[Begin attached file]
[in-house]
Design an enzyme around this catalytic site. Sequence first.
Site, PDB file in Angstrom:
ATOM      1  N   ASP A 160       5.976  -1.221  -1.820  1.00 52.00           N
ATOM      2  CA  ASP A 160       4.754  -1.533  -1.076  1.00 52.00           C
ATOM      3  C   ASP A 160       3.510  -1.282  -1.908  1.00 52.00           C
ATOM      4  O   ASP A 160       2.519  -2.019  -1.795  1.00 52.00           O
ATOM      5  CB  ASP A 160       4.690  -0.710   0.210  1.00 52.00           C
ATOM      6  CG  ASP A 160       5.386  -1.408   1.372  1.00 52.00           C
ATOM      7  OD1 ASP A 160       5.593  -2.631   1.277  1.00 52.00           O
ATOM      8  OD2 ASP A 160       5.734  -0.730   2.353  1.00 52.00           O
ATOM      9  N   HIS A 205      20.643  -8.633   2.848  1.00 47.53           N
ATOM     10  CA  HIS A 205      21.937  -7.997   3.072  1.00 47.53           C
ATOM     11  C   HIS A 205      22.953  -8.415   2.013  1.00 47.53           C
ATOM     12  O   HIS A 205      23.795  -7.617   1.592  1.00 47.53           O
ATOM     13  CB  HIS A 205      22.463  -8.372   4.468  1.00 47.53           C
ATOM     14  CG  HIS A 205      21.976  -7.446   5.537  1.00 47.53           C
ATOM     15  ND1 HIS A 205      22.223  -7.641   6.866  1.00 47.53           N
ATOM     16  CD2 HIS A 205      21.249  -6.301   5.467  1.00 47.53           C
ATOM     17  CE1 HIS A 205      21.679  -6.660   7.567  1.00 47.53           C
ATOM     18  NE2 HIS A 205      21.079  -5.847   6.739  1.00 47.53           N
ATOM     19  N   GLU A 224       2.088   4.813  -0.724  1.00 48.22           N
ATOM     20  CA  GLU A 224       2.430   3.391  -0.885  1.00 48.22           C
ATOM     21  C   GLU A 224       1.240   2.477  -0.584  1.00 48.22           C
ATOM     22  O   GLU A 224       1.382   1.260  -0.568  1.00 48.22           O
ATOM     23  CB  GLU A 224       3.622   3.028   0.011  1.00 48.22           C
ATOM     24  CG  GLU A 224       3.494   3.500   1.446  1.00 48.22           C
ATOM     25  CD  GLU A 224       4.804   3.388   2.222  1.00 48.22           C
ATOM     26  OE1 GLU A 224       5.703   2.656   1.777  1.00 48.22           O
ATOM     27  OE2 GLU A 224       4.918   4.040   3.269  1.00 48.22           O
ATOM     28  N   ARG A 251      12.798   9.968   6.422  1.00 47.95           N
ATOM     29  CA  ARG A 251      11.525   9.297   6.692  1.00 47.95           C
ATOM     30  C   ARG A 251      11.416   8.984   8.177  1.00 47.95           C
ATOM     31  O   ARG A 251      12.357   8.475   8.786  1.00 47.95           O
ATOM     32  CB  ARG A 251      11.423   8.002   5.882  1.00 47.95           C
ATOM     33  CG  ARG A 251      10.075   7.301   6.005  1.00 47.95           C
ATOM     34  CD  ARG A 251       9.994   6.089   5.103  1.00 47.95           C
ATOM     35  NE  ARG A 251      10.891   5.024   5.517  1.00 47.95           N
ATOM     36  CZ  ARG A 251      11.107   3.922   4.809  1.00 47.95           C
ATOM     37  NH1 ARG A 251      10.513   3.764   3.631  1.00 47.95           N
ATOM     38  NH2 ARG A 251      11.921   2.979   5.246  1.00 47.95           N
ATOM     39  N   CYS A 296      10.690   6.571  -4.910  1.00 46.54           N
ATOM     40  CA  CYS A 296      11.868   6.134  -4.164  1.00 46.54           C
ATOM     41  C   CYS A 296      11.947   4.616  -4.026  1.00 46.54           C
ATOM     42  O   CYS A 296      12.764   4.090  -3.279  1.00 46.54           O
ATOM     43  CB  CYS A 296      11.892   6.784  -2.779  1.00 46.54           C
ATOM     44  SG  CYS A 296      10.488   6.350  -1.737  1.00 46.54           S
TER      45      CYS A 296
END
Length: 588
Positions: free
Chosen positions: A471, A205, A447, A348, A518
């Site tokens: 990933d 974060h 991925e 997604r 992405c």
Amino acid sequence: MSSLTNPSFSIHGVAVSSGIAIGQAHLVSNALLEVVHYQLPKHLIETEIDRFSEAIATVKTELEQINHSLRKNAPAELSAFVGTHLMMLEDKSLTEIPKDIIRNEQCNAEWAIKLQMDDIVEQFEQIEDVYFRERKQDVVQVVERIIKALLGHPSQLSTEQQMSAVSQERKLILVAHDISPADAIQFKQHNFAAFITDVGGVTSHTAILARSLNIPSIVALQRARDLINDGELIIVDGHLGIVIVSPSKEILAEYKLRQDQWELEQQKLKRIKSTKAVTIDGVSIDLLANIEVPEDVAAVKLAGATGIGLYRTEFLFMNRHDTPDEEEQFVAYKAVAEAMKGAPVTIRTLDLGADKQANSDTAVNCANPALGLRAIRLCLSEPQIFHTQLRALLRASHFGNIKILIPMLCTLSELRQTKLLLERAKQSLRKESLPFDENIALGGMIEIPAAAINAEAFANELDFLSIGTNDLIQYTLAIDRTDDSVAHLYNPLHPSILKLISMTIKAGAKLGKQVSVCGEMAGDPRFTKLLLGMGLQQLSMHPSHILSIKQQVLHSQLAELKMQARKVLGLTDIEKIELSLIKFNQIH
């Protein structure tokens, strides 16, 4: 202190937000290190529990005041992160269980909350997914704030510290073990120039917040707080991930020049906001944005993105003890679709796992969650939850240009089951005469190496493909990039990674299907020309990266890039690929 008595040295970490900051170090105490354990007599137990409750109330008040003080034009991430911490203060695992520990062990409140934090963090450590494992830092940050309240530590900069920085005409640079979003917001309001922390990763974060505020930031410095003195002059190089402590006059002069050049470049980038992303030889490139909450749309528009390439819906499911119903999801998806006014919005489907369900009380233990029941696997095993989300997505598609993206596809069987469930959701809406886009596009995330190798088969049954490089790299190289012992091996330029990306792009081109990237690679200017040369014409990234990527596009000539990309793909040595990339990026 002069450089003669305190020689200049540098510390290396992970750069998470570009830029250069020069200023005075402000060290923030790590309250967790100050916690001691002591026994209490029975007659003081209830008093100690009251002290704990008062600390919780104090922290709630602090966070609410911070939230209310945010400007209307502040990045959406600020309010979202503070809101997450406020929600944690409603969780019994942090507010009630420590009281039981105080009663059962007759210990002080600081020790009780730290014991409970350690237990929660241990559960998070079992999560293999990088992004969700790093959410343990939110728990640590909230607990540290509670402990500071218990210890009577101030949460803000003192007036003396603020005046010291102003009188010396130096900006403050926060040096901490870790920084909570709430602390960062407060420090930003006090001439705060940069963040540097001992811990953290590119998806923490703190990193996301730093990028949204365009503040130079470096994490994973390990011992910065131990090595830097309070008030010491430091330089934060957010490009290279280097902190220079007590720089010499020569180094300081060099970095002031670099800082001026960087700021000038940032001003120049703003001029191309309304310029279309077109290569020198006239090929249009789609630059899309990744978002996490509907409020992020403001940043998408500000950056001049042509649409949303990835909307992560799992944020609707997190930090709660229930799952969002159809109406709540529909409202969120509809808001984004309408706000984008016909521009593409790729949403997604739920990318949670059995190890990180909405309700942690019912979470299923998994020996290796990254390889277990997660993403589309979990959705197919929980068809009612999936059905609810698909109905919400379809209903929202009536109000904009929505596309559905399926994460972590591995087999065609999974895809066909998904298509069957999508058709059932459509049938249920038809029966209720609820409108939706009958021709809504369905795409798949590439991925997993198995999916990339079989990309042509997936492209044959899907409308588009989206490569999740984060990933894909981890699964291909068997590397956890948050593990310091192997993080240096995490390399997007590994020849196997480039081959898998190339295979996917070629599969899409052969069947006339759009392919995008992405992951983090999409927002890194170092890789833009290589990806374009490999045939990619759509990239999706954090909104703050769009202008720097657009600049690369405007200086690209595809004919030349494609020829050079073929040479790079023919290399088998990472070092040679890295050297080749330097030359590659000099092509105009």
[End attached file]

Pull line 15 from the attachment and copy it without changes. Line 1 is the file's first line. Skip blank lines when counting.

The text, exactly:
ATOM     12  O   HIS A 205      23.795  -7.617   1.592  1.00 47.53           O